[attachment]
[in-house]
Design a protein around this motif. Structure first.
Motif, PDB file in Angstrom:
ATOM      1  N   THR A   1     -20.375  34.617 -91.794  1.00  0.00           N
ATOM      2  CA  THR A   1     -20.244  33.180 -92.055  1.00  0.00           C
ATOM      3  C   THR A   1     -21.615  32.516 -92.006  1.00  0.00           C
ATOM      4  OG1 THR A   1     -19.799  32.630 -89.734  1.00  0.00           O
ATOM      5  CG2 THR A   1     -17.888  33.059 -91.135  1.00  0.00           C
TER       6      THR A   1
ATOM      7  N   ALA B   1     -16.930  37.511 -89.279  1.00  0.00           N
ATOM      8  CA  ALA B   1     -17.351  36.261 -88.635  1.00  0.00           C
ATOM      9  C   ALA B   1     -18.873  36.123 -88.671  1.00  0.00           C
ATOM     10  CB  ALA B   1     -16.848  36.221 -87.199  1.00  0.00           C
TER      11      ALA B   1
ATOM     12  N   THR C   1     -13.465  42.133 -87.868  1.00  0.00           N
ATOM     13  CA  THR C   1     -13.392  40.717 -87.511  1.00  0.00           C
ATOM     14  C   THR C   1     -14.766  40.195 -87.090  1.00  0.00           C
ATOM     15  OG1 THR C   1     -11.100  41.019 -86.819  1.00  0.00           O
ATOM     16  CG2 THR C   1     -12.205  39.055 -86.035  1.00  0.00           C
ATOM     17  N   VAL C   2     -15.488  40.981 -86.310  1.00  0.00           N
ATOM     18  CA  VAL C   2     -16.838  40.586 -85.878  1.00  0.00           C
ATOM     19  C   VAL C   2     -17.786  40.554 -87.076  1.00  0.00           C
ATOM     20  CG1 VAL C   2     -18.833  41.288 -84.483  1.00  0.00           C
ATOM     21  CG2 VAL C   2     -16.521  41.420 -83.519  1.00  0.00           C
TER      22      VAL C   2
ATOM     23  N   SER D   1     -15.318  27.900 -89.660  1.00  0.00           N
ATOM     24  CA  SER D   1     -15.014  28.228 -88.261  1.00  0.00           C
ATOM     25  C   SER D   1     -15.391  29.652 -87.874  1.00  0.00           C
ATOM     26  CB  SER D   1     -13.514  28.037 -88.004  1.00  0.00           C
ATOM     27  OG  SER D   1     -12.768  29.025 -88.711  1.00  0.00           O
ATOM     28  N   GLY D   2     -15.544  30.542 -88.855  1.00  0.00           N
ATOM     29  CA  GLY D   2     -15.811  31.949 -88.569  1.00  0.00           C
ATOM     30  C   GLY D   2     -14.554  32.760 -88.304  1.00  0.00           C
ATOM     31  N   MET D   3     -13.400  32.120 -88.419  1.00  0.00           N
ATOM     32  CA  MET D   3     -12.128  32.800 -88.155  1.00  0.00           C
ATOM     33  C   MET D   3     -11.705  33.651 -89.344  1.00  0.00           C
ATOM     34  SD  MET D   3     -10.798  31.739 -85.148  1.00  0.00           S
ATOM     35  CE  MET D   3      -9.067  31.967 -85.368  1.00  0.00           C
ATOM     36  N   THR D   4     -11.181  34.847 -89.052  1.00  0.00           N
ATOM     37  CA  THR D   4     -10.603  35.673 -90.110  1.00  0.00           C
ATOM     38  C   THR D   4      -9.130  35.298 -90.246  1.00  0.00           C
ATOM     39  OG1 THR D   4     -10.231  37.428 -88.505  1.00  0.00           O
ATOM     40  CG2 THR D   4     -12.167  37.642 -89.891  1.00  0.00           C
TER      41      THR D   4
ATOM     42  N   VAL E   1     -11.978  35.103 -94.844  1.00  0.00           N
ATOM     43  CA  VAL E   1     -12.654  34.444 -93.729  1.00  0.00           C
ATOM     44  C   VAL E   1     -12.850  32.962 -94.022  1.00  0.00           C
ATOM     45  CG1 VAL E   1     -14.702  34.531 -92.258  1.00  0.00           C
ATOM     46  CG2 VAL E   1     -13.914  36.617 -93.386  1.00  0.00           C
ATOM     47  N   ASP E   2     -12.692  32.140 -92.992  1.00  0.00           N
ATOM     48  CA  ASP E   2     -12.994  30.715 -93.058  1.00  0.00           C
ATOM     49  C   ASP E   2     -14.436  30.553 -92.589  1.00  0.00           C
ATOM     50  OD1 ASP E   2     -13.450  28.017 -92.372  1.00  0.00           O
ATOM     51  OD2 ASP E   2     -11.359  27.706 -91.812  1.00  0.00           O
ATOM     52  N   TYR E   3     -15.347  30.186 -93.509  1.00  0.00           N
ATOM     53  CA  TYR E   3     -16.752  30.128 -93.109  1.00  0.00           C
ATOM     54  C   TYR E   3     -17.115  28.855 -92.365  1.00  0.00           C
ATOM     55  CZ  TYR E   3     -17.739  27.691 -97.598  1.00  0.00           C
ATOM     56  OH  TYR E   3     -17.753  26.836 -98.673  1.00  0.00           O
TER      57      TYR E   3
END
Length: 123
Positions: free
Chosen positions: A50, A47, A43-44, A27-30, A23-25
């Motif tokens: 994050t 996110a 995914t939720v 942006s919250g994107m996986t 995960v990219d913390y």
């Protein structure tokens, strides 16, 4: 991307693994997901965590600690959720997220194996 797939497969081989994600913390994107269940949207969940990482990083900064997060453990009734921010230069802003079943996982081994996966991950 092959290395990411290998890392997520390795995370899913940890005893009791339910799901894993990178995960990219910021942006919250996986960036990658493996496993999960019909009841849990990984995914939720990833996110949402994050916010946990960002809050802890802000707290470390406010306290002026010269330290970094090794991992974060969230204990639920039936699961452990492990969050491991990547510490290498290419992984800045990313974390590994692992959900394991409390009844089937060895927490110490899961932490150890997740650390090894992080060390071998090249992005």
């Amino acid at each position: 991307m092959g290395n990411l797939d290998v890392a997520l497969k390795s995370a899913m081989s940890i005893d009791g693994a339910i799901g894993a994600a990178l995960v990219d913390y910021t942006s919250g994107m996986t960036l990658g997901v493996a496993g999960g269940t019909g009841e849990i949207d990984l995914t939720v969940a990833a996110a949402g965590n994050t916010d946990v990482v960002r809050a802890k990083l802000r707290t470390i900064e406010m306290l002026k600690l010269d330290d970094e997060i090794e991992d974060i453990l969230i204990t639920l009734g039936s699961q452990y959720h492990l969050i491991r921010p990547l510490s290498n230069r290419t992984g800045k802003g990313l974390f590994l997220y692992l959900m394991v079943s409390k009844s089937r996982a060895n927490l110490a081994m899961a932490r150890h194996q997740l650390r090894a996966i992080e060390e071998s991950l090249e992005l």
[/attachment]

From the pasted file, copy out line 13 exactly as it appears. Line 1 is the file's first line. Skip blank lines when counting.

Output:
ATOM     10  CB  ALA B   1     -16.848  36.221 -87.199  1.00  0.00           C